“If everyone would read this book, the propagation of the human race would virtually cease…”
In last week’s Times Magazine (9/12/10) Lisa Belkin asks, “Is child-rearing the new self-actualization?” Her question stems from a recent article by the evolutionary psychologist David Kendrick that redefined Abraham Maslow’s original theory of self-actualization in terms of “attracting a mate and ultimately, parenting children.”
Rachel Cusk, the well known and much admired by this reader English writer, would surely object, and do so strongly, to this dubious claim. Cusk is the mother of two children and has recently written about her experience of motherhood in A Life’s Work: On Becoming a Mother.
The book is a bold expression, a powerful one that angered many readers for its brutally honest account of motherhood. The nearly unanimous outcry after it was published confused Cusk for, as she commented, “I was only being honest.”
Cusk is not the first writer to write critically about the experience of motherhood. But she may be the first to describe its adversities with such vitality and intensity--a domestic struggle, confinement, sleeplessness, confusion, guilt mixed with love, servitude mixed with compassion, a prison, boot-camp, never ending torment.
‘Motherhood, for me, was a sort of compound fenced off from the rest of the world. I was forever plotting my escape from it, when I found myself pregnant again when Albertine was six months old, I greeted my old cell with the cheerless acceptance of a convict intercepted at large.”
In A Life’s Work, Cusk has tried to convey what she thought and felt about the experience of having a child. Although she might now regret publishing the book, she must have hoped that other people would identify with her account and know that they were not the only ones to react the way she did.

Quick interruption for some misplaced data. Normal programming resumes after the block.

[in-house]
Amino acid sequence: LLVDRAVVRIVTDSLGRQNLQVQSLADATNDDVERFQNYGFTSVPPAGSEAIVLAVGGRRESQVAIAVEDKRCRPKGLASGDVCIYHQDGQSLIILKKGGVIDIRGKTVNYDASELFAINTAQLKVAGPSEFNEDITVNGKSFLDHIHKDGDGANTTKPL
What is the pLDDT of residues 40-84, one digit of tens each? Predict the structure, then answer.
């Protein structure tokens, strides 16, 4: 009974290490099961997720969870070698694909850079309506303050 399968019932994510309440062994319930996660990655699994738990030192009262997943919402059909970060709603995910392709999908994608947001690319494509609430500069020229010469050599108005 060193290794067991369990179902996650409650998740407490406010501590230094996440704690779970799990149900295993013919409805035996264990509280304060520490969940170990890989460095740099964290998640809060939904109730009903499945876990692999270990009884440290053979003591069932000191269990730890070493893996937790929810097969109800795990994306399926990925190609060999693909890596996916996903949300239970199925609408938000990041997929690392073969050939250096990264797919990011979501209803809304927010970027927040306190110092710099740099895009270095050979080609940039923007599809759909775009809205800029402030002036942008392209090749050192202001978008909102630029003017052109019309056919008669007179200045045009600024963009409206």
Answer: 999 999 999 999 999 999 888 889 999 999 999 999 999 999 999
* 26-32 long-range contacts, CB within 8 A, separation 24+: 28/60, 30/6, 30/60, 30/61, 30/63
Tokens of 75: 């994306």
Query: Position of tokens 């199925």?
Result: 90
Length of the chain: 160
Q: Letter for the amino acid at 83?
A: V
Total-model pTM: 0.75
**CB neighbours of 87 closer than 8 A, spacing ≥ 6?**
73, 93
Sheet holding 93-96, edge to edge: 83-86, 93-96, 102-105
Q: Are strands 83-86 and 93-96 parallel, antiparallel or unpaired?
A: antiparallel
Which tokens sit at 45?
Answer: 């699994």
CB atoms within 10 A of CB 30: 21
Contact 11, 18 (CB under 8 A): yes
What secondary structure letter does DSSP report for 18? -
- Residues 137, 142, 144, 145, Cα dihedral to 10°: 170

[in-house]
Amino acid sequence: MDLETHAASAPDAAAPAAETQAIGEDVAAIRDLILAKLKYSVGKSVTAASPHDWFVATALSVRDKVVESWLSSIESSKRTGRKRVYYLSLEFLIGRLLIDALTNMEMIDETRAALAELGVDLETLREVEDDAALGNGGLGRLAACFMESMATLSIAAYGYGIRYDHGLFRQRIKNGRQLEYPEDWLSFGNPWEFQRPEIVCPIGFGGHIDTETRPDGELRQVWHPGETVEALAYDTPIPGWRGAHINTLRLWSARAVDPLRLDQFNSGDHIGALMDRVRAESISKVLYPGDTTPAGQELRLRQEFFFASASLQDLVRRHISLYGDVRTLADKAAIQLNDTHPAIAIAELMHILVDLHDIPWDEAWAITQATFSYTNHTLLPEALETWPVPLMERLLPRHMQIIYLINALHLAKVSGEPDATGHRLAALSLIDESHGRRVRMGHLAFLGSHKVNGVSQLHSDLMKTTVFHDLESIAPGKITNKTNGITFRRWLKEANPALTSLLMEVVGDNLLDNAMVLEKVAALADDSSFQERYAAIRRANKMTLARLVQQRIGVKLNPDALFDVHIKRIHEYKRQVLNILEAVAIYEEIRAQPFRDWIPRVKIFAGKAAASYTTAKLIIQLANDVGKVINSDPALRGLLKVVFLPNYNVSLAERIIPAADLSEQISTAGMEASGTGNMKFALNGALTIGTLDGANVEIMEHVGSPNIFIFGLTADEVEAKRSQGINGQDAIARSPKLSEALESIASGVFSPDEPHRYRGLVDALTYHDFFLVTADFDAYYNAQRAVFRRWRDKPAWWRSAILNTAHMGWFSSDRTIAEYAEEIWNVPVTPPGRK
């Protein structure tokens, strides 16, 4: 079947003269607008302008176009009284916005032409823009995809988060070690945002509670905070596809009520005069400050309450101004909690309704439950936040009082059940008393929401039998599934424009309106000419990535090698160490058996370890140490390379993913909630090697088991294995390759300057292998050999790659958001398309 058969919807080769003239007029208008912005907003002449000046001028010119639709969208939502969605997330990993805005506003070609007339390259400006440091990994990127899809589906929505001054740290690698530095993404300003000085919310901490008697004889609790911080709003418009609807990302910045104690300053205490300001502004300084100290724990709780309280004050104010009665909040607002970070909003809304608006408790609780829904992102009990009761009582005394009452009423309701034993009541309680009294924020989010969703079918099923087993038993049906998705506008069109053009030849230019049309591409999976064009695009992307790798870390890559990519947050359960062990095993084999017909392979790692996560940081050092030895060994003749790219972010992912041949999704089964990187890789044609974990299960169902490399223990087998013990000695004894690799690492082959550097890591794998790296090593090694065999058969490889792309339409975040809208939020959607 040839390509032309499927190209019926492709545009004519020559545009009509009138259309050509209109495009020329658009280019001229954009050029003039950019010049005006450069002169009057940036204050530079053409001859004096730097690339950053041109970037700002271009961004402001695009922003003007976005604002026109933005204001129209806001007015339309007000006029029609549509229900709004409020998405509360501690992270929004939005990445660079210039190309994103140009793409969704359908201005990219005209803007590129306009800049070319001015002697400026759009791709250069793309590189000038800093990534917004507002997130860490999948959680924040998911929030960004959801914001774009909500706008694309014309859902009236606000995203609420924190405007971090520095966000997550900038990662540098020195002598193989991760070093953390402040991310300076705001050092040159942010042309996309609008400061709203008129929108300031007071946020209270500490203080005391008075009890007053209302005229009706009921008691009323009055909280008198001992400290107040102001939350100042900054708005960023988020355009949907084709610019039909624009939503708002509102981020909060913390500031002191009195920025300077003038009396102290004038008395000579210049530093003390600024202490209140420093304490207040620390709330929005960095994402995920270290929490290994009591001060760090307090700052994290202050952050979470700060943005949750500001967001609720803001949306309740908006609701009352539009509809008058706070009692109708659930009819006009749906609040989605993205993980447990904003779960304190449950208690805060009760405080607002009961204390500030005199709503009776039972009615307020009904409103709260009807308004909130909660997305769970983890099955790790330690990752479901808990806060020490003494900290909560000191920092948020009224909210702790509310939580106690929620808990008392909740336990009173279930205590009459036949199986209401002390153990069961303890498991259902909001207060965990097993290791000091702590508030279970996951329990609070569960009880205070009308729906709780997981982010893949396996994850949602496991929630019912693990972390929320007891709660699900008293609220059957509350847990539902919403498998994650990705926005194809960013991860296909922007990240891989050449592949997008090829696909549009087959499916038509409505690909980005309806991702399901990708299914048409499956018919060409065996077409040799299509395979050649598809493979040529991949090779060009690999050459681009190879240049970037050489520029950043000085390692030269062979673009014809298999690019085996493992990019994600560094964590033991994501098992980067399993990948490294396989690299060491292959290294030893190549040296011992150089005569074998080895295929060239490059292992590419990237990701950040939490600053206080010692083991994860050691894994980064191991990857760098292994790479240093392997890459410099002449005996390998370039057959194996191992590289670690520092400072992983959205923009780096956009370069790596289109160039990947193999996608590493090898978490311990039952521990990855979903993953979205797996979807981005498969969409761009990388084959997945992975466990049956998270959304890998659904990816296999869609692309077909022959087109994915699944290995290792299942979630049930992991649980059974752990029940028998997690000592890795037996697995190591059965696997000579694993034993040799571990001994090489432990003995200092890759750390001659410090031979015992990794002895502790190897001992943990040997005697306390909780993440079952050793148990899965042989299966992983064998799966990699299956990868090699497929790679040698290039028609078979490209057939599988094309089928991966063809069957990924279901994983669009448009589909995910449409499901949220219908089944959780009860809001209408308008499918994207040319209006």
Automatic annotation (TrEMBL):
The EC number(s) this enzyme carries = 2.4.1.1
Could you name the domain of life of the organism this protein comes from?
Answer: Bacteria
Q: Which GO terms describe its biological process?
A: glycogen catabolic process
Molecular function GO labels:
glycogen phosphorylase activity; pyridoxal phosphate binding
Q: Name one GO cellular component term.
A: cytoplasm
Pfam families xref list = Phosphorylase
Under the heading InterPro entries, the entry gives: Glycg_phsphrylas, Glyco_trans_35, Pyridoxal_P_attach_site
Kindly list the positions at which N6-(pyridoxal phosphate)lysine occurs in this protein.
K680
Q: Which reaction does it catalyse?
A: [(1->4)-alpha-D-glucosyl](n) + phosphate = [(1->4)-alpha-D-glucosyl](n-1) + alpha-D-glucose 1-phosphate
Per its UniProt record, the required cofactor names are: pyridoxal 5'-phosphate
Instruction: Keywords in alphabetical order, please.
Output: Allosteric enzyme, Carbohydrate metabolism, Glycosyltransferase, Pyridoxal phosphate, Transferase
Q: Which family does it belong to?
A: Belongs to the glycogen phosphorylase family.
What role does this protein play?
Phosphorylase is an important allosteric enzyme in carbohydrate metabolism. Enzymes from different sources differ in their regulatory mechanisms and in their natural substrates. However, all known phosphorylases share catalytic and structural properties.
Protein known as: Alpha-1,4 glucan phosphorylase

For Cusk caring for her child was “isolating, frequently boring, relentless, demanding and exhausting. It erodes your self-esteem and your membership in the adult world.”
Throughout the book she draws upon works of literary fiction to corroborate her experiences. She cites Edith Wharton’s novel, The House of Mirth and asks what a woman is if she is not a mother or a wife either.
“The baby is the symbol not just of Lily’s exclusion from the human life-cycle, nor of the vulnerability, the helplessness that marks her life and her life’s end: it is also the vision of her squandered femininity…”
And in a separate chapter on Madame Bovary, she reflects on how confusing it is for a mother to make sense of being “supremely powerful and powerless at the same time.”
Her relationship with her husband comes under pressure. “…after a child is born the lives of its mother and father diverge, so that where before they were living in a state of some equality, now they exist in a sort of feudal relation with each other.” Clearly news about the how closely fathers are now involved in child rearing had yet to arrive in the British Isles.
And yet they were in this “crime” together. “When evening comes, I prepare the bottle. Her father is to give it to her, for we are advised that this treachery is best committed not by the traitor herself but by a hired assassin.”
I have always found much to admire in the works of Rachel Cusk. And while I will never be a mother, I heard clearly what she was saying in this book. At one point she speaks of “…the death of freedom, its untimely murder by the state of parenthood…” Note: parenthood, not motherhood.
And later “…the hardship of parenthood is so unrelievedly shock….At its worst moments parenthood does indeed resemble hell, in the sense that its torments are never ending.”
OK, you get the picture. While very few parents are likely to admit they experience anything close to this degree of hardship in raising their children, I think there is enough truth in Cusk’s account will be familiar to anyone who has ever been a parent.